The way Red and Blue states have responded to the Wuhan virus reveals profoundly different political philosophies in the two Americas.
My son is staying with us because his college sent everyone home after Thanksgiving to do distance learning until next semester. He’s been here three weeks and cannot get over how cavalier people are about mask wearing and social distancing. He misses California’s lockdowns and it’s incredibly strict mask rules. As far as he’s concerned, people here are selfish sadists who, through their carelessness, want everyone to die. I’ve made two arguments to him, neither of which he can comprehend.
Argument 1: That people here are paying close attention to what the lockdown politicians are doing to the middle class, versus what they’re doing vis-à-vis favored classes as well as how they’re handling things in their own lives. Thus, we Red states and other conservatives notice that, under Democrat politicians and their RINO and NeverTrump cohorts, all the working- and middle-class businesses and churches got closed, while the same politicians explicitly or implicitly approved tens of thousands of people gathering for Black Lives Matter protests and riots. Likewise, they’ve noticed how the same politicians exempt themselves from their own rules.
To ordinary Americans/Republicans, that hypocrisy and favoritism is a clear sign that the lockdown politicians know that the Wuhan virus isn’t that dangerous. That being the case, they must be using lockdowns and draconian mask mandates as a political cudgel to achieve control, promote favored constituents, and destroy disfavored constituents.
To my son, though, the politicians’ hypocrisy and favoritism just shows that they’re not that smart. He can’t wrap his mind around people ignoring “the science” — nor does he recognize that the science is disputed, changeable, and politicized.
Argument 2: That people in Blue states value safety while people in Red states value freedom. His response: “You can’t be free if you’re dead.” The old-fashioned notion expressed in Patrick Henry’s much lauded “Give me liberty or give me death” speech is meaningless to him.
That made me think generally about a profound difference between Red states and Blue states. As my son points out, Blue states are much wealthier — although he’s willing to admit that the wealth is highly concentrated and that wealth disparities are greater in Blue states. He also points out that people in Blue states are more “educated.” He cannot understand that “education ain’t what it used to be.” Blue staters may be more credentialed but there’s no indication that they are more learned or more wise.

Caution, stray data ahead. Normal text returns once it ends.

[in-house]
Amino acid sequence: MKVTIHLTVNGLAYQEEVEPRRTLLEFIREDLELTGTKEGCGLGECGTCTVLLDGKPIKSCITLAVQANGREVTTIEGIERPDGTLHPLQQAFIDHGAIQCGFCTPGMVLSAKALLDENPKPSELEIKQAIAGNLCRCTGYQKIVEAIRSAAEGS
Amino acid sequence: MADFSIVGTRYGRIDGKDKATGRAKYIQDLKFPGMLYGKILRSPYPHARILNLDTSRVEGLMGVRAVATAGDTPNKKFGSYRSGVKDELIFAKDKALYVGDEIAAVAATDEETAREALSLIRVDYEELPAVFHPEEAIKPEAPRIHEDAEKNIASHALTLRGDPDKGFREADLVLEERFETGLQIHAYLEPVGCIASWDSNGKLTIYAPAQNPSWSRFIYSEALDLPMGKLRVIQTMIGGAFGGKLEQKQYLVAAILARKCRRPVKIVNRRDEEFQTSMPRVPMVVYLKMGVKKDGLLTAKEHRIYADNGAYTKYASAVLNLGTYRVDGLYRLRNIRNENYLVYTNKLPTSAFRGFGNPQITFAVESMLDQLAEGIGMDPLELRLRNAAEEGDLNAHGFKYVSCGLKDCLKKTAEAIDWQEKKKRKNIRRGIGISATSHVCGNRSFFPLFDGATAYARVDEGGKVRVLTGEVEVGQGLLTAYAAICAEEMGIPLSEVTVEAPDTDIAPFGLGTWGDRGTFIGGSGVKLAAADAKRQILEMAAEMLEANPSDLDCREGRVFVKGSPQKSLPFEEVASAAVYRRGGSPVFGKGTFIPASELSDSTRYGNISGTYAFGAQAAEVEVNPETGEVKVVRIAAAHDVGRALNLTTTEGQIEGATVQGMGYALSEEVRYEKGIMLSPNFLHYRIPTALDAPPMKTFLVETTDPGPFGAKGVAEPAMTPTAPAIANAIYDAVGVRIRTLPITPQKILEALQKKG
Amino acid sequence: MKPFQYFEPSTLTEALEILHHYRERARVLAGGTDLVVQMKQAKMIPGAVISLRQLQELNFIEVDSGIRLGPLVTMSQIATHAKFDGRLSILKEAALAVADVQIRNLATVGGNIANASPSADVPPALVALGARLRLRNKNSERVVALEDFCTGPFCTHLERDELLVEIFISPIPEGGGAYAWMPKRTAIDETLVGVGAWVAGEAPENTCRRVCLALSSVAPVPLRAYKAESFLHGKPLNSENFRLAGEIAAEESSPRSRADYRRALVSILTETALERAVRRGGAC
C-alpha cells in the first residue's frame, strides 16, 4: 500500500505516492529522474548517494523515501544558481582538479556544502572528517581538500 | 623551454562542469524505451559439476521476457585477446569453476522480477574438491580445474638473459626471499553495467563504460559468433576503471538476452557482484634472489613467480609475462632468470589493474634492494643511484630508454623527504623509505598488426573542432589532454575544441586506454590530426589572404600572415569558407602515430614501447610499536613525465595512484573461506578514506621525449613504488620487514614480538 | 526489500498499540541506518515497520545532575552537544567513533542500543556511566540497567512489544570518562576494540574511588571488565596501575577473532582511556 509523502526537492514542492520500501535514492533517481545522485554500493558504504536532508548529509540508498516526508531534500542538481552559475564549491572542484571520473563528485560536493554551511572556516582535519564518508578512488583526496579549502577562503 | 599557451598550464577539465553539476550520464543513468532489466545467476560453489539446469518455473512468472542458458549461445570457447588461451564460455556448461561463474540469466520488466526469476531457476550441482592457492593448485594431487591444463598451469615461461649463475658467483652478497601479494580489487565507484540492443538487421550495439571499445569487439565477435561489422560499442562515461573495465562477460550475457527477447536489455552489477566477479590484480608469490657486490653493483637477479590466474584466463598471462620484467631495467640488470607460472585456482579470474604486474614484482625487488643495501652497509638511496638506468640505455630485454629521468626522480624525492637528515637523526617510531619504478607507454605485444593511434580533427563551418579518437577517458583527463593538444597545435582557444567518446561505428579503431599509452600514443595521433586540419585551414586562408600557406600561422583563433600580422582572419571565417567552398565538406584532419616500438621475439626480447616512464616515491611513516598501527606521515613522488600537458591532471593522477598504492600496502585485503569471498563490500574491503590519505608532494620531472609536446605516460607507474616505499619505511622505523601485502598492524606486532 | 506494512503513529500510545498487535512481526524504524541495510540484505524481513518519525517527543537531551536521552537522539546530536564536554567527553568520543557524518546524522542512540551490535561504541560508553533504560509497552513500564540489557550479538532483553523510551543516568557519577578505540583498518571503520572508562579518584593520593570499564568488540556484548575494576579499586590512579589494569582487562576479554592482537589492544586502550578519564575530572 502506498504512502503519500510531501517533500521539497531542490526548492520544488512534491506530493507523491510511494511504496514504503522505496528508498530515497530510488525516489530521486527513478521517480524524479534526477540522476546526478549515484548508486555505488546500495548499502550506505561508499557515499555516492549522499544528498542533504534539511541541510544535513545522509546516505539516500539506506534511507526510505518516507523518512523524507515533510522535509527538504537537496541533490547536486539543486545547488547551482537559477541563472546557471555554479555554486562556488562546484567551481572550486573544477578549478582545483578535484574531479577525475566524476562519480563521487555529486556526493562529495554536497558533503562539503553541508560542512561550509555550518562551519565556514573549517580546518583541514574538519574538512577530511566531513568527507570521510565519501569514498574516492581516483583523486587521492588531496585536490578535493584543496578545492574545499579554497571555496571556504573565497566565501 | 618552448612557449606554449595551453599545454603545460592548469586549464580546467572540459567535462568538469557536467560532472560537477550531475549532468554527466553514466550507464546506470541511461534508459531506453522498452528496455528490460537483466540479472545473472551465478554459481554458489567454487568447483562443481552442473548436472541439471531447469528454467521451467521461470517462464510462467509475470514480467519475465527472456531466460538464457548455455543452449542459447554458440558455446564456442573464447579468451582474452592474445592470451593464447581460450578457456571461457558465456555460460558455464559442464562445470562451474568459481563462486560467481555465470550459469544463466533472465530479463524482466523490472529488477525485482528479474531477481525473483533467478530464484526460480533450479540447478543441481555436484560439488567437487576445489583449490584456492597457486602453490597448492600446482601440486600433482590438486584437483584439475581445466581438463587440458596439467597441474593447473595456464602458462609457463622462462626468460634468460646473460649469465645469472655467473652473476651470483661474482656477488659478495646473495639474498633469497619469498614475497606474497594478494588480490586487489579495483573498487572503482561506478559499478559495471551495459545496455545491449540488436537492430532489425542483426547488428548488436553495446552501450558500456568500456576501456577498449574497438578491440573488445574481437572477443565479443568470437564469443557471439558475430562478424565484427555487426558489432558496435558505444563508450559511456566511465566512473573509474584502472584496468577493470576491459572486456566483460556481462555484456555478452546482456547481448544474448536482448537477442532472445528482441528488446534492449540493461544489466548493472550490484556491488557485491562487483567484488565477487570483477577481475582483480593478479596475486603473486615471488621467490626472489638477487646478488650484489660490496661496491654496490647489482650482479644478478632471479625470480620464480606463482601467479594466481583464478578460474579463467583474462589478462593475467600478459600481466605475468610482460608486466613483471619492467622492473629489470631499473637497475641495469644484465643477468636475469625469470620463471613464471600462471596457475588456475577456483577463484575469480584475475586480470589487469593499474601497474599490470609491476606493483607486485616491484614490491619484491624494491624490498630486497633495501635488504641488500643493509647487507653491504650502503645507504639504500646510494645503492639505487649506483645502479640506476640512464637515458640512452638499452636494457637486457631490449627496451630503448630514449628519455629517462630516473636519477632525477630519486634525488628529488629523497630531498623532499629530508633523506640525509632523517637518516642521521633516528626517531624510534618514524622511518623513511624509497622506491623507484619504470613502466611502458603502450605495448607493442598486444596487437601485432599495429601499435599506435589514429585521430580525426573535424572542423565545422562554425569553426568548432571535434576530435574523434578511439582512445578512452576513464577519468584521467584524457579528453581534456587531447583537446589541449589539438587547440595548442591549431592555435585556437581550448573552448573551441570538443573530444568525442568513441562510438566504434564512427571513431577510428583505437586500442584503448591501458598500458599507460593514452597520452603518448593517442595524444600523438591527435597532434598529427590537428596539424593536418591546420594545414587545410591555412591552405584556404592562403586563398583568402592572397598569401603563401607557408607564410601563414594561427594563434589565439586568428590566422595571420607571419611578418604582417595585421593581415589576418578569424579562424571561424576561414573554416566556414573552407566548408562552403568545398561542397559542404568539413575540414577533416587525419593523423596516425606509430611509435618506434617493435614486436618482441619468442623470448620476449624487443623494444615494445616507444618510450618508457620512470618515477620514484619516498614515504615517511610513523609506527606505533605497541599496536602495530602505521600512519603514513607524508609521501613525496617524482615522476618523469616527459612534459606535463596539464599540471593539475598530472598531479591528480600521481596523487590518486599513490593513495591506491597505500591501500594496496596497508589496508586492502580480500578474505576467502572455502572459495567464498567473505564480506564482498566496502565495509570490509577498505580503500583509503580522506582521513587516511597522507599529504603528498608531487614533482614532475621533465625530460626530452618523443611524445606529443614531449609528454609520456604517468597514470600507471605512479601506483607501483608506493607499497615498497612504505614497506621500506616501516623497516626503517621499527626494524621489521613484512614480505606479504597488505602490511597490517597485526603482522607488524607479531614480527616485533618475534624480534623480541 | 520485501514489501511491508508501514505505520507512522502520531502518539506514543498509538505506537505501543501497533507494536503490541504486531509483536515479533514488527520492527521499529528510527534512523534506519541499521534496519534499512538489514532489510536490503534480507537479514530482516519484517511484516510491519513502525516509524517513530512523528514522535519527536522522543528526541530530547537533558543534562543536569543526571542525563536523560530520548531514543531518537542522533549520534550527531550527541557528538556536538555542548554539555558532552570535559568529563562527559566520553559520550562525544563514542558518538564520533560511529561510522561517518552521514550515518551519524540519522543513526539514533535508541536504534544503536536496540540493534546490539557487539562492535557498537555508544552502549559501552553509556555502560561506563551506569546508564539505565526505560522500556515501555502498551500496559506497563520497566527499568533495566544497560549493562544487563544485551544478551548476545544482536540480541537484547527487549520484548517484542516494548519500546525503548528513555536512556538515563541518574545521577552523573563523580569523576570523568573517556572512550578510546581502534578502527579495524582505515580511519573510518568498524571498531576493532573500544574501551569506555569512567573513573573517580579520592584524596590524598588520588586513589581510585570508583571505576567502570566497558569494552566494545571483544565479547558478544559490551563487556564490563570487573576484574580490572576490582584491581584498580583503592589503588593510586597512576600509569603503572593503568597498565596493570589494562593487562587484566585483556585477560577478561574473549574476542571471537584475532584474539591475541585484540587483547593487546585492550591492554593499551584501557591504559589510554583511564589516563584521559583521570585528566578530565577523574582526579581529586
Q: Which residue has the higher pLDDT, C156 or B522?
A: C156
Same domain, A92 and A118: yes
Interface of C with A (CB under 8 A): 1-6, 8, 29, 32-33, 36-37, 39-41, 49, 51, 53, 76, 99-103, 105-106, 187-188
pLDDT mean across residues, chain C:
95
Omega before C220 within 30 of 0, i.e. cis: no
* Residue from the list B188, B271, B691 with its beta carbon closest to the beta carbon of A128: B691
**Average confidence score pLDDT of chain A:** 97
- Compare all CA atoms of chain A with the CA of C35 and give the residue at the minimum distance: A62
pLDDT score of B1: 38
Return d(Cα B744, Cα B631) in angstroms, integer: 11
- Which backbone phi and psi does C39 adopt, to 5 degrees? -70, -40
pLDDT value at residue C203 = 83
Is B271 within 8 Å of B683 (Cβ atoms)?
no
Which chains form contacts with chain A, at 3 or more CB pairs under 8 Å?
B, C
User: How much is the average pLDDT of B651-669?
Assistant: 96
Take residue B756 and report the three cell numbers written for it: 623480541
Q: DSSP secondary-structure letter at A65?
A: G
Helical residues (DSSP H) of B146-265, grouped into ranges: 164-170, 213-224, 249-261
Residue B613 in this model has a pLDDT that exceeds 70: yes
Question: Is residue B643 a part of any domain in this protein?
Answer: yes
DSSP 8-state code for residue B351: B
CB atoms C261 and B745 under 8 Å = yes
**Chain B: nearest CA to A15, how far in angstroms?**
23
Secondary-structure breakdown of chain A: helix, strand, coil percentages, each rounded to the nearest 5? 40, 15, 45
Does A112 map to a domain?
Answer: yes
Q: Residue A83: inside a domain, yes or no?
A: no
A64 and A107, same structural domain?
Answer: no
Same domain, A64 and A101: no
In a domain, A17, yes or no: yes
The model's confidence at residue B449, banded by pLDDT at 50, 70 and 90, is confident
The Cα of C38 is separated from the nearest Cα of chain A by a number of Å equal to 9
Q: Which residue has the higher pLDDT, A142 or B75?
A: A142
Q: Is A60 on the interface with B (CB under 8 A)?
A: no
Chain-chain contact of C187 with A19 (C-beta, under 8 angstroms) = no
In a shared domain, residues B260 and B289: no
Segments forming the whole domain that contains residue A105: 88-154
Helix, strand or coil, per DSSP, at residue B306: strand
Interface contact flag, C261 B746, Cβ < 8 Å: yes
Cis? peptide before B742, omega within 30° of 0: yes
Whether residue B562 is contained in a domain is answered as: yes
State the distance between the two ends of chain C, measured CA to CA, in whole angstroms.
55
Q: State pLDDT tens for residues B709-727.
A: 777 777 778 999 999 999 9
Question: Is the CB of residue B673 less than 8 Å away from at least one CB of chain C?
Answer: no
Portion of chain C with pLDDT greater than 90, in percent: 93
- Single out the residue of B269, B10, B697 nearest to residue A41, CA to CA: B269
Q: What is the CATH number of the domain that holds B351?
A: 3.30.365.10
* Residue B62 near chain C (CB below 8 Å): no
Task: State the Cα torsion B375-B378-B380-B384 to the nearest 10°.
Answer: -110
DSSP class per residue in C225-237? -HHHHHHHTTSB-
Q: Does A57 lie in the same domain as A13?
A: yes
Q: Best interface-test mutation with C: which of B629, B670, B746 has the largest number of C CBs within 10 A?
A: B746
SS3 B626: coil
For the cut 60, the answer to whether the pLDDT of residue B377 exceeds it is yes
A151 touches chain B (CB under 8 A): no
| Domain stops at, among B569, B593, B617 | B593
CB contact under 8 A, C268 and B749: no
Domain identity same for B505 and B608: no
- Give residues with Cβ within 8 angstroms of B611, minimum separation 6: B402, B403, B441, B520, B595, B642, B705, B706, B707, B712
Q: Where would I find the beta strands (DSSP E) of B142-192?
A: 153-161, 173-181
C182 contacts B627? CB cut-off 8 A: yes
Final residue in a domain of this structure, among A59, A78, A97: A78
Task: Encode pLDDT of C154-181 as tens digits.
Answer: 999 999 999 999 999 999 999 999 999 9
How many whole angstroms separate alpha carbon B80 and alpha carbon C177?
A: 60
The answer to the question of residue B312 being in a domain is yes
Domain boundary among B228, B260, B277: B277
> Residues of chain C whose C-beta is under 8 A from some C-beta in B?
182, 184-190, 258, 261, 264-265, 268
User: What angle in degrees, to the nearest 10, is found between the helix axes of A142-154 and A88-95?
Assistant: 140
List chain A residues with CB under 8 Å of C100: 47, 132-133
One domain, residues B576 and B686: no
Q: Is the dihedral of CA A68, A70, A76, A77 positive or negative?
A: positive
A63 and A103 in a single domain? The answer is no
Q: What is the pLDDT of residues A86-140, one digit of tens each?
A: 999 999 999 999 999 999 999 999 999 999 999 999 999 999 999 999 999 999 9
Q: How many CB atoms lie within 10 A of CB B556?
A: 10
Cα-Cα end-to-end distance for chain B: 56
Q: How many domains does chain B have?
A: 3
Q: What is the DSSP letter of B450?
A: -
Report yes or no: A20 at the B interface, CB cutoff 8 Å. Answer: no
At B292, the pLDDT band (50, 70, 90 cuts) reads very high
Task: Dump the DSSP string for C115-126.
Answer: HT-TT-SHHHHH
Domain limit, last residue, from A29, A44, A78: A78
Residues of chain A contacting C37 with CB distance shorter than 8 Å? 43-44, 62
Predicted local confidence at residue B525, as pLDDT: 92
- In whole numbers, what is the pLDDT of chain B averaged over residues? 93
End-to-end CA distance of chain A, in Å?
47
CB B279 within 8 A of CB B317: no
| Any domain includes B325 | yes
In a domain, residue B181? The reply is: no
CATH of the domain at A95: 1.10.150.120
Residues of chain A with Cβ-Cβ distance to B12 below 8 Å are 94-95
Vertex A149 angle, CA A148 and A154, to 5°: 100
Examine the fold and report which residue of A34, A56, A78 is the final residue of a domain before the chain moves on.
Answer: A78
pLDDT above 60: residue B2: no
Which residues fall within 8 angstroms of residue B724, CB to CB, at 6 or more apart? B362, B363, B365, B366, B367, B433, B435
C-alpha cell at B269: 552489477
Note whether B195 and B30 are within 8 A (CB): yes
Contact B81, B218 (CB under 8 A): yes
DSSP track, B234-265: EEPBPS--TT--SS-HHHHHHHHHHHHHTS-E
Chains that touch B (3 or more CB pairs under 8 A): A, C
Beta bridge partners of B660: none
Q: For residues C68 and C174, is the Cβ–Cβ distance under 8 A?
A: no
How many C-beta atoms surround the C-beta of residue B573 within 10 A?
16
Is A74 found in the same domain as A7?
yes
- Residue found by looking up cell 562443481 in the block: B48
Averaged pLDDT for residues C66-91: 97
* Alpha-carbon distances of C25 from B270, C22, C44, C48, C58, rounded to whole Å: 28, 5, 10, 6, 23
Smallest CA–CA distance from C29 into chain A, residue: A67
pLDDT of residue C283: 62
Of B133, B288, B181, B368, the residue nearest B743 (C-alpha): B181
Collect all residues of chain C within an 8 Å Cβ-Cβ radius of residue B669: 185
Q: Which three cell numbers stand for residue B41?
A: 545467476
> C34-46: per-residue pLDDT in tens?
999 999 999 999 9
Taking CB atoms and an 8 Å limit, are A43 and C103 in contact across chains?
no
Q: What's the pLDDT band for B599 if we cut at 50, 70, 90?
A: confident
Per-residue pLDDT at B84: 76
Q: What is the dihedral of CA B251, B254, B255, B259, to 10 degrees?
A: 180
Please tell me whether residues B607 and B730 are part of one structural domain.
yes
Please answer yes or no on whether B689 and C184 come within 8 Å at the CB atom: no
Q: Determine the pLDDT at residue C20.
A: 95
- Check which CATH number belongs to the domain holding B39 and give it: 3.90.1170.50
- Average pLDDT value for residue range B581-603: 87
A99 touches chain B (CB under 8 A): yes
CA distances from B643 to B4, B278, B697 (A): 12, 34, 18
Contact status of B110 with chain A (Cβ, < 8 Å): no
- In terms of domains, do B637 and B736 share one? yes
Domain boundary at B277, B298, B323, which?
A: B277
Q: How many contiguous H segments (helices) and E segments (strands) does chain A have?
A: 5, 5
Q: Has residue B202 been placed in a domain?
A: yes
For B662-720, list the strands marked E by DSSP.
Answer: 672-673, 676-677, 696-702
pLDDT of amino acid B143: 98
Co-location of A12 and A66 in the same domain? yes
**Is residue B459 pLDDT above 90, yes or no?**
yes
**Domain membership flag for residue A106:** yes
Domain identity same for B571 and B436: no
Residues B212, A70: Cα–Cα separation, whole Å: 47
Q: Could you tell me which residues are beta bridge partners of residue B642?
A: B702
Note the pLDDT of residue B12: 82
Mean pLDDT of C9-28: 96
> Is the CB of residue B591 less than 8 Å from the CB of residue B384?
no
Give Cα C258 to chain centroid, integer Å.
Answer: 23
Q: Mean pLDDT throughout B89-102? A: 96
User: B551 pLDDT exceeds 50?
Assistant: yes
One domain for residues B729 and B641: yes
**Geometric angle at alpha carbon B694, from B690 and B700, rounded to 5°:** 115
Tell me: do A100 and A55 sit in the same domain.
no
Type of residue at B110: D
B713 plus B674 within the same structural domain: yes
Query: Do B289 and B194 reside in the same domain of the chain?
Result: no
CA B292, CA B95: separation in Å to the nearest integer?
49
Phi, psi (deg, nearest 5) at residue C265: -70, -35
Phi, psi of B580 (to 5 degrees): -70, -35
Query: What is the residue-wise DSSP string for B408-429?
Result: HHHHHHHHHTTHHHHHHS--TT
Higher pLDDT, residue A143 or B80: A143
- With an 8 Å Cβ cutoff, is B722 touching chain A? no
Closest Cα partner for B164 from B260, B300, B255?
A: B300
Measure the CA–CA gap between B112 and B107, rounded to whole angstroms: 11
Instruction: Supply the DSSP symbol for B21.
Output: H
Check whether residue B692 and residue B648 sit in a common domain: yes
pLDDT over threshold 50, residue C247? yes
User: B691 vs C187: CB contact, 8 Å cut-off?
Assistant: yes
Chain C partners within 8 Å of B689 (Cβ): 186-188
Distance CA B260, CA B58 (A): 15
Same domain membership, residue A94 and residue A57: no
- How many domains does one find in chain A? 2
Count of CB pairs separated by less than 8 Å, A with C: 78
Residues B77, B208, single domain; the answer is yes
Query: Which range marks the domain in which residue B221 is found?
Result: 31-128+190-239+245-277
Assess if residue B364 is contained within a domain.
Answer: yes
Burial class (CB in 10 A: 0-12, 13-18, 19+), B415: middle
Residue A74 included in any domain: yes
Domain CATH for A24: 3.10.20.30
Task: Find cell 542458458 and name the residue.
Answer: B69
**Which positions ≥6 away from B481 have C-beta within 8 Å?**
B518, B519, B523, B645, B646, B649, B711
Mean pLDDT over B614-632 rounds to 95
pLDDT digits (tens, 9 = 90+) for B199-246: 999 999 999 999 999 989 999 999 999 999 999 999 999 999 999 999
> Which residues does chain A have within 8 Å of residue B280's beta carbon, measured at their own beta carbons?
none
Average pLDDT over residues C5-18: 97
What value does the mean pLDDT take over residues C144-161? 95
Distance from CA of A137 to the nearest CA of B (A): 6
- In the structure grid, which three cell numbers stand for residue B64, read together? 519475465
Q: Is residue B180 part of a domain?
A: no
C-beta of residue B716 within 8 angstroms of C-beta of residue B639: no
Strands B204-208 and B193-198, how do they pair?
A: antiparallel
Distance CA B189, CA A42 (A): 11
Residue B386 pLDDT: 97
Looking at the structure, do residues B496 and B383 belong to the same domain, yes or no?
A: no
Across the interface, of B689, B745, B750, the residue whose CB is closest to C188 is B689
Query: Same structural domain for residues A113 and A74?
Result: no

But again, the point is that Red staters don’t seem to crave the extraordinary wealth that concentrates in Blue states. Nor are they impressed with the Blue state’s credentialism. Nor do they want nanny-statism with its (illusory) promise of perfect safety. Again, what they want is liberty.
While the Blues want money and security, the Reds just say “leave us alone.”
That is such a profound difference, all I can think of is that old tag line from the “marriage advice” column in Good Housekeeping magazine: “Can this marriage be saved?”
If Harris gets into the White House (we know Biden’s just a figurehead), and she gets her Democrat Congress, that obsessive focus on nanny statism and credentialed indoctrination is going to be slammed down on all America. The big question then is whether the Red staters who so want to be left alone will learn to love their prison wardens or if they will begin very aggressively to push back.
I have no predictions. I just know that, when a true conservative is in the White House, the Blue states can be as nanny as they want, while the Red states will be left alone. In other words, it’s true federalism, with 50 laboratories of democracy.
However, if we have a true socialist government in D.C., no one will be left alone. All Americans are going to have a socialist definition of “safety” shoved up and into all their orifices whether they want it or not.
(By the way, apropos the picture at the top of this post, when I went looking to see if von Bismarck had a specific quotation about the nanny state he spearheaded — and I did not find such a quotation — I did find this bit of wisdom from that wily, experienced statesman: “With bad laws and good civil servants it’s still possible to govern. But with bad civil servants even the best laws can’t help.”)